According to the study, which polled just under 10,000 men and women on their sexual mores when it comes to money, jealousy, and libido, concluded that a stronger commitment to making money tends to offset sexual desire if money goals are not shared with a partner. However, if they are, then a couple's libidos are equally matched, if not higher than average.
A summary of the study indicates that knowingly or not, people tend to form strong relationships with money, and the nature of those relationships have a direct impact on the way people interact in romantic situations.
"As a person becomes more involved with money, he or she tends to be less willing to commit to personal relationships, including romantic ones," said Dr. James Houran, director of psychological studies at TRUEBeginnings. "Such people are also more likely to be jealous and tend to be more libidinous."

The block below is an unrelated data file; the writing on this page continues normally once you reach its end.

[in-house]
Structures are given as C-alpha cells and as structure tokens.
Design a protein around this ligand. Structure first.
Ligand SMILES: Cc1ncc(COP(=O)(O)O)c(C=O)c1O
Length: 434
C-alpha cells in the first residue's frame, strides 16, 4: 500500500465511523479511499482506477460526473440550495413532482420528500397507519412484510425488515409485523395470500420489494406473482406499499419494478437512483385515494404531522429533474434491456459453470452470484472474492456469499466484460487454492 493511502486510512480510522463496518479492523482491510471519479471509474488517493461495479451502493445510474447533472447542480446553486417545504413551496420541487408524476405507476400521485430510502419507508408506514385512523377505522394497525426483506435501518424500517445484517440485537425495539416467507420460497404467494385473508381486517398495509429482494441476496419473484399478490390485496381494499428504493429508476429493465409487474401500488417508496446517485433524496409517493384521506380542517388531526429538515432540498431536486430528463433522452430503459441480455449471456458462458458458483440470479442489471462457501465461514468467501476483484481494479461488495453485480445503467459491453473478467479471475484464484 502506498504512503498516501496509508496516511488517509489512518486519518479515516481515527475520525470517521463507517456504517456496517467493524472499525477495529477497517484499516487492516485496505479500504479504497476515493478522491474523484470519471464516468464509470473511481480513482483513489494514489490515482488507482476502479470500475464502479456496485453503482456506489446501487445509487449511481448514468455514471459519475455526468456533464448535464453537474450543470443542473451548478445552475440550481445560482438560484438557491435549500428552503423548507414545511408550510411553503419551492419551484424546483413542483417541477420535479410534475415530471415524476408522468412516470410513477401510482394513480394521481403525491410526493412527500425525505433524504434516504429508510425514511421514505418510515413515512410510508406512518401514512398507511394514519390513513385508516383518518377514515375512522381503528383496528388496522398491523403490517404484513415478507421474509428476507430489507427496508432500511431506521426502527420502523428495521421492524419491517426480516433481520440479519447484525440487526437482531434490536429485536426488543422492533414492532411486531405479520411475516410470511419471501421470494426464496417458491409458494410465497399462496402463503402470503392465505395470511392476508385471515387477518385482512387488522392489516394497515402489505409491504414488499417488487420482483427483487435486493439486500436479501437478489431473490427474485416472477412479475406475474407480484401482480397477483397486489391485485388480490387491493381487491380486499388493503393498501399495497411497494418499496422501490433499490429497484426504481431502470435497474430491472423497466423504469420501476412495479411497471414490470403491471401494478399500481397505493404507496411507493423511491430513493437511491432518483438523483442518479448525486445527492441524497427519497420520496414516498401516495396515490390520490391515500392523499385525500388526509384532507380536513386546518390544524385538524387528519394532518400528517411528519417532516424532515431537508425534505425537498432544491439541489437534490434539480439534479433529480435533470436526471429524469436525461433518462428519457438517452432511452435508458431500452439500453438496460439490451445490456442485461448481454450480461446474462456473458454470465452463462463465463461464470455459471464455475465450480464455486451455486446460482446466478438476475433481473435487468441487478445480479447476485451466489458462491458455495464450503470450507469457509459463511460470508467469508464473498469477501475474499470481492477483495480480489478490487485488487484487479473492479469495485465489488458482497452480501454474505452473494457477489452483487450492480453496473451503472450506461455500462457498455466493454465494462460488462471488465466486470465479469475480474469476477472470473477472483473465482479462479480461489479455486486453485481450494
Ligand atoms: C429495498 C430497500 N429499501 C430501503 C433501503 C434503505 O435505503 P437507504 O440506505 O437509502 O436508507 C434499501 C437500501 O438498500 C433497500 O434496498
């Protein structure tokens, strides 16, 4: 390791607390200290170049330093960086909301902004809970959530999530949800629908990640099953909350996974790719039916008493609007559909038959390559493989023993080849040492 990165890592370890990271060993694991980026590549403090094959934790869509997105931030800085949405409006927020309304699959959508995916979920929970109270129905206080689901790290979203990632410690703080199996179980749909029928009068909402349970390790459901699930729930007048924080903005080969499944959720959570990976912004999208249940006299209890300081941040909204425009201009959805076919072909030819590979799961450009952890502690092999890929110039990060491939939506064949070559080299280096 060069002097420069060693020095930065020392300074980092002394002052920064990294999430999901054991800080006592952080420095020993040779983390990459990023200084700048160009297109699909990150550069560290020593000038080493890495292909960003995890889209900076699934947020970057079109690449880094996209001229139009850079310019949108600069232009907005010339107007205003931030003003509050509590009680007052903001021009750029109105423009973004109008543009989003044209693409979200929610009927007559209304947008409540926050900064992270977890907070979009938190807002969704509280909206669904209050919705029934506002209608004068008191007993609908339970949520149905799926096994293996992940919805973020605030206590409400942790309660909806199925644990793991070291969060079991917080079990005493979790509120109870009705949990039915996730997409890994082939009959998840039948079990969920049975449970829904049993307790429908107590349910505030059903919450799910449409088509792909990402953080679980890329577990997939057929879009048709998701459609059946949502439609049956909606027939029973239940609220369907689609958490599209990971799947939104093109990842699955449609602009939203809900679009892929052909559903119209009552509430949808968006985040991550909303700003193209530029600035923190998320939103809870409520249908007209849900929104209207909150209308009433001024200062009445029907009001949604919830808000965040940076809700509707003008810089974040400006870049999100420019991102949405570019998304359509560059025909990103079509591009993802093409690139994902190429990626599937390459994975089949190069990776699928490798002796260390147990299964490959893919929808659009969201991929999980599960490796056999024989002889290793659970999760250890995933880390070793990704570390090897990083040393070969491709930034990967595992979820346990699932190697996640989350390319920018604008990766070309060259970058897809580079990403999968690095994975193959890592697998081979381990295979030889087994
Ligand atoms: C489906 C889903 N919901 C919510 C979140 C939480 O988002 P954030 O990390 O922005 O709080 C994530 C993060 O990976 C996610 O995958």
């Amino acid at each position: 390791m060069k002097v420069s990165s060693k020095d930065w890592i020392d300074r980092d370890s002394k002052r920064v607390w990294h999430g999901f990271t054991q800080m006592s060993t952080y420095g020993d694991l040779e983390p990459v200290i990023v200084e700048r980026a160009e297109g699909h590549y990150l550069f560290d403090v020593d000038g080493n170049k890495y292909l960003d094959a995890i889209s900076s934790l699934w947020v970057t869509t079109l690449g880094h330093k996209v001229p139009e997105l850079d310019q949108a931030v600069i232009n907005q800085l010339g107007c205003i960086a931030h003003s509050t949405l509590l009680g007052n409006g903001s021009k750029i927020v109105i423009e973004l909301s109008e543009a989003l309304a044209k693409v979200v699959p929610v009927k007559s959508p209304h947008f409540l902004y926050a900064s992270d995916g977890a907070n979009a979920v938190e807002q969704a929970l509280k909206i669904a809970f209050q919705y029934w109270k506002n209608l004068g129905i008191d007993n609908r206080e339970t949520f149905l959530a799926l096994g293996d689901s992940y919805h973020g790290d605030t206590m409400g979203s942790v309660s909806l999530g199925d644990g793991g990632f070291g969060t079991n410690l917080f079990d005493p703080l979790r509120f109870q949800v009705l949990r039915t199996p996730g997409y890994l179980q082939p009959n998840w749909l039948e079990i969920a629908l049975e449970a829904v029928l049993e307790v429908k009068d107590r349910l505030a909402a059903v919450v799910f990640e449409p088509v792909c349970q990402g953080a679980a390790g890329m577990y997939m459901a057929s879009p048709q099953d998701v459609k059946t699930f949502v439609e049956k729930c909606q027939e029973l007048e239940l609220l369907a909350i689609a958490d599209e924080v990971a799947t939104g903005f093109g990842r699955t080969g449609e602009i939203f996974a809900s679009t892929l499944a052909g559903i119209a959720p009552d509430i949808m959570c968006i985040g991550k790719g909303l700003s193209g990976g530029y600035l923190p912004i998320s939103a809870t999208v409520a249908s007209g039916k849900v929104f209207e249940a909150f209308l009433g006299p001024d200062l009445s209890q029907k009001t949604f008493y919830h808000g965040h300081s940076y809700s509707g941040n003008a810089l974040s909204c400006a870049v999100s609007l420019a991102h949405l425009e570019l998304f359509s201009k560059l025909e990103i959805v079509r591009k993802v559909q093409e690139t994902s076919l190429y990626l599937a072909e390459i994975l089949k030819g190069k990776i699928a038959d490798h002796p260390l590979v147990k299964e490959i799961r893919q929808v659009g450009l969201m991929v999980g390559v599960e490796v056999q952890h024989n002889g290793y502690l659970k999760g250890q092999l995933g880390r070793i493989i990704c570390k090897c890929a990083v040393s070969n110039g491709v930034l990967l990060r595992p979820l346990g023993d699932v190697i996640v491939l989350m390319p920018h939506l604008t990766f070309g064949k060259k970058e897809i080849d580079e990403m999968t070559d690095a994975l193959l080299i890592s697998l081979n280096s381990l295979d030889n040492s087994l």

TRUEBeginnings also states that older people tend to look at money with less importance, except for males over the age of 60, and that in general, money holds stronger importance for women.
Additionally, men and women who place a great deal of importance on money are less likely to be faithful in personal relationships than those individuals who feel that money is not a top priority, the study stated. And feelings of jealousy tend to rise as the interest in money increases.
"Anyone who has ever been in a serious relationship is aware that financial issues affect couples more than just about anything else," Houran continued. "So, instead of exploring the general reasons behind this, we decided to zero-in on how sex and money affect individuals, specifically whether a correlation exists between sexual factors — such as faithfulness, libido and jealousy — and a person's interest in money,"